Day 3160: How not to be wrong

How not to be wrong starting a blog post? I’m just repeating today’s title and letting it flow from there.

“How Not to Be Wrong” is one of the books I’m reading/not reading on my two-week vacation from work.

Personally, I think I spend too much time thinking about how not to be wrong, which can inhibit what I say and do. These days, I’m embracing mistakes as learning experiences and spending less time worrying about the consequences of being wrong.

Granted, it’s very important for us not to be wrong about our health and safety — for ourselves and others. For example, if I forget to take my Coumadin and if I don’t eat a consistent amount of vitamin K, my mechanical heart valve might clog and fail. So I need to think about not being wrong about THAT every day. Also, there are a lot of creatures that depend on me, so I don’t want to be wrong in such a way that jeopardizes their future.

However, I’m not wrong about knowing myself well enough to choose to focus on accepting that I WILL be wrong, every day, and that not every mistake will result in disaster.

Do you see any examples of how not to be wrong in my other images for today?

How not to be wrong on August 26, 2021 MIGHT include having a cherry popsicle, but I don’t think I’m wrong in saying that women’s equality day should be every day.

By the way, usually I spend more time arranging the order of the images in my blog posts — is it wrong that today I’m not worrying about how not to be wrong in creating a good enough post for you?

Here’s what I find on YouTube when I search for “how not to be wrong”:

How not to be wrong about guessing how much time you have to watch a video today:

How not to be wrong about sharing your thoughts and feelings about any of my blog posts? Leave a comment, below.

How not to be wrong about any interaction with other people? Express gratitude when you can.

Categories: personal growth, photojournalism | Tags: , , , , , , , , , , | 10 Comments

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10 thoughts on “Day 3160: How not to be wrong

  1. Hi Ann, hope your vacation is going well. And I was definitely NOT wrong for coming and visiting you today. I am quite intrigued by that little pipe dealie you have set up for your cats (am I wrong in assuming it is for your cats). Do they run through there, and battle in the middle of it. It is very cool. Have a lovely day!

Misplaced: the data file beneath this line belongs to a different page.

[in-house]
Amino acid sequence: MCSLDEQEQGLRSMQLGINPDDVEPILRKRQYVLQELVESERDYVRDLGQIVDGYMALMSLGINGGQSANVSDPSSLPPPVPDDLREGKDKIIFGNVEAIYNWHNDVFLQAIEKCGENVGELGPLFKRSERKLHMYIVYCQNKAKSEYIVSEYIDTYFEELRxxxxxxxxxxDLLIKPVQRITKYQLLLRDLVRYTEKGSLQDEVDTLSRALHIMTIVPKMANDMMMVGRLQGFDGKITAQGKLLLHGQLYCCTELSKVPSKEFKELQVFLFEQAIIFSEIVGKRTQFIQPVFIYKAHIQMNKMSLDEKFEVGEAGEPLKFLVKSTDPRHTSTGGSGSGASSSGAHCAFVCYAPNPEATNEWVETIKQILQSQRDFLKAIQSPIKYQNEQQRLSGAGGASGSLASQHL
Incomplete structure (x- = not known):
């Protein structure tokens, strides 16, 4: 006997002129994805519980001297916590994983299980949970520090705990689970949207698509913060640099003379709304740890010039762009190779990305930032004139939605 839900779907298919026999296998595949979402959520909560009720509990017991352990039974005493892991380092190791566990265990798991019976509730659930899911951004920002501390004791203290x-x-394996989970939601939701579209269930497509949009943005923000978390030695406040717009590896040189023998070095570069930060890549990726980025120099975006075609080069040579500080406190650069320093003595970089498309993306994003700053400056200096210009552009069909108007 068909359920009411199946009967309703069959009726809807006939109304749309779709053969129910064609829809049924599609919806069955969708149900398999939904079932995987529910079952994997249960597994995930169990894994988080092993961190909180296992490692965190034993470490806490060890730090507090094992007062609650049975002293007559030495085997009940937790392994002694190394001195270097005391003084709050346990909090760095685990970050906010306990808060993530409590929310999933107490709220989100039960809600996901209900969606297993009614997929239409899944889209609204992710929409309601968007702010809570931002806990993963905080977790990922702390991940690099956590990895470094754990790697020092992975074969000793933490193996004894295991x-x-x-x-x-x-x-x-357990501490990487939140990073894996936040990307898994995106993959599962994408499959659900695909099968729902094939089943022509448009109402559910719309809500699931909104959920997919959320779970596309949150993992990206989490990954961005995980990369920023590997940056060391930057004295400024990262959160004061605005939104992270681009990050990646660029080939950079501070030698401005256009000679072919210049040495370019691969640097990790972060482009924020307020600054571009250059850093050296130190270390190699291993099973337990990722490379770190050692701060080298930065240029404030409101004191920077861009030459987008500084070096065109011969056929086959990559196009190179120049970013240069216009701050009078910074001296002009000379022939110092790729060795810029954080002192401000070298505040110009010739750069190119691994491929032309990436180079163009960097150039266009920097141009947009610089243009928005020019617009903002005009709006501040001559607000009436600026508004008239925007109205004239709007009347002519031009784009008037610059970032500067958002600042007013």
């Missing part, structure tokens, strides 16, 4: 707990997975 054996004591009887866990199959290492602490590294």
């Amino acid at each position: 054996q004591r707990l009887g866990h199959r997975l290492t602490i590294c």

• You are right, SD. That is a tunnel for the cats, but only new kitty Joan uses it. She loves it and check out the post after this one for a short video about that. And thanks for another lovely comment!

  2. If I assume that I am right all the time my wife will soon let me know when I’m not!

  3. puella33

    I don’t think we’re wrong as much as we are fallible. I don’t think it’s ” wrong ” to forget to take your medicine, because it wasn’t an intentional action. However, it is wrong for a governor of a state to deny people their rights to protect themselves against a virus. It’s ” wrong” because the governor knows it’s wrong himself and he’s doing it anyways. Actually, it’s EVIL. So, wrong and evil perhaps go hand in hand.
    So, I guess not to be wrong, is to have knowledge of wisdom. Even then we make mistakes but, NOT out of malevolence.

  4. I know there’s a rule that mistakes are ultimately the key to success, that success requires taking risks and most, if not all, of our attempts will fail, which I think is a fine idea but sometimes it’s so hard to even know how to fail.

  5. How not to make mistakes is to learn prevention, and that is done through education. Experimenting with one’s health is out of the question. At times prevention is simply learned because nature sets its own rules: fire will burn, cold will freeze, storm-force winds blow, and earthquakes occur. I’ve learned that how not to make mistakes is through ‘self-preservation’ which means lots of education, anticipation, and therefore preservation.

    • I like the image of the single gull because of the light.

      • The APA dictionary says:

        “self-preservation instinct,
        the fundamental tendency of humans and nonhuman animals to behave so as to avoid injury and maximize chances of survival (e.g., by fleeing from dangerous situations or predators). Freud combined both instincts into the concept of Eros, or the life instinct, and opposed to Thanatos, the death instinct. Also called self-preservative instinct; survival instinct.”

  6. it’s all trial and error, and you have to be wrong sometimes to understand right

  7. I know that I can be wrong, Ann, yet offer my thoughts I so often do.

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